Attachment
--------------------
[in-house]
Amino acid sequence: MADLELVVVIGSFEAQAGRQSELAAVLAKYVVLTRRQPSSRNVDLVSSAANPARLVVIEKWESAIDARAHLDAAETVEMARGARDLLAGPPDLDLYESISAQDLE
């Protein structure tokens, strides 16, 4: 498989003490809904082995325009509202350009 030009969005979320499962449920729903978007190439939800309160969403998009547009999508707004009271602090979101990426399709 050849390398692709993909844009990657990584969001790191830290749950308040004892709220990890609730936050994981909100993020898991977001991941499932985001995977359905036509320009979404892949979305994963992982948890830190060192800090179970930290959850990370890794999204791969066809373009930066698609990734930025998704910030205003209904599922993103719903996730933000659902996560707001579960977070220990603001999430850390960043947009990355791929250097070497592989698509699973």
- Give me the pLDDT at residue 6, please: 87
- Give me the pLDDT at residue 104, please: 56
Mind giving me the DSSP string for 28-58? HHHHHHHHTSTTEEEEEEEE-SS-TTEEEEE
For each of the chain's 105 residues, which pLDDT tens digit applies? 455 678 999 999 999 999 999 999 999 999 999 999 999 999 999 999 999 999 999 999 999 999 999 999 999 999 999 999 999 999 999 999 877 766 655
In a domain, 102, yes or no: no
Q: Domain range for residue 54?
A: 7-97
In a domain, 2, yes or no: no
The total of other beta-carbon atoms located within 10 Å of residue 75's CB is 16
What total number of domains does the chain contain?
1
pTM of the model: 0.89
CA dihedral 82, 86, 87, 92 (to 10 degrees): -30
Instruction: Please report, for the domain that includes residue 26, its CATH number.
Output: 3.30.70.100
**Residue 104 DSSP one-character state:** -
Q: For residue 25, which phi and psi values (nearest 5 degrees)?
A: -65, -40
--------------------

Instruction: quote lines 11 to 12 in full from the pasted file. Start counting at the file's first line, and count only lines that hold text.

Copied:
In a domain, 2, yes or no: no
The total of other beta-carbon atoms located within 10 Å of residue 75's CB is 16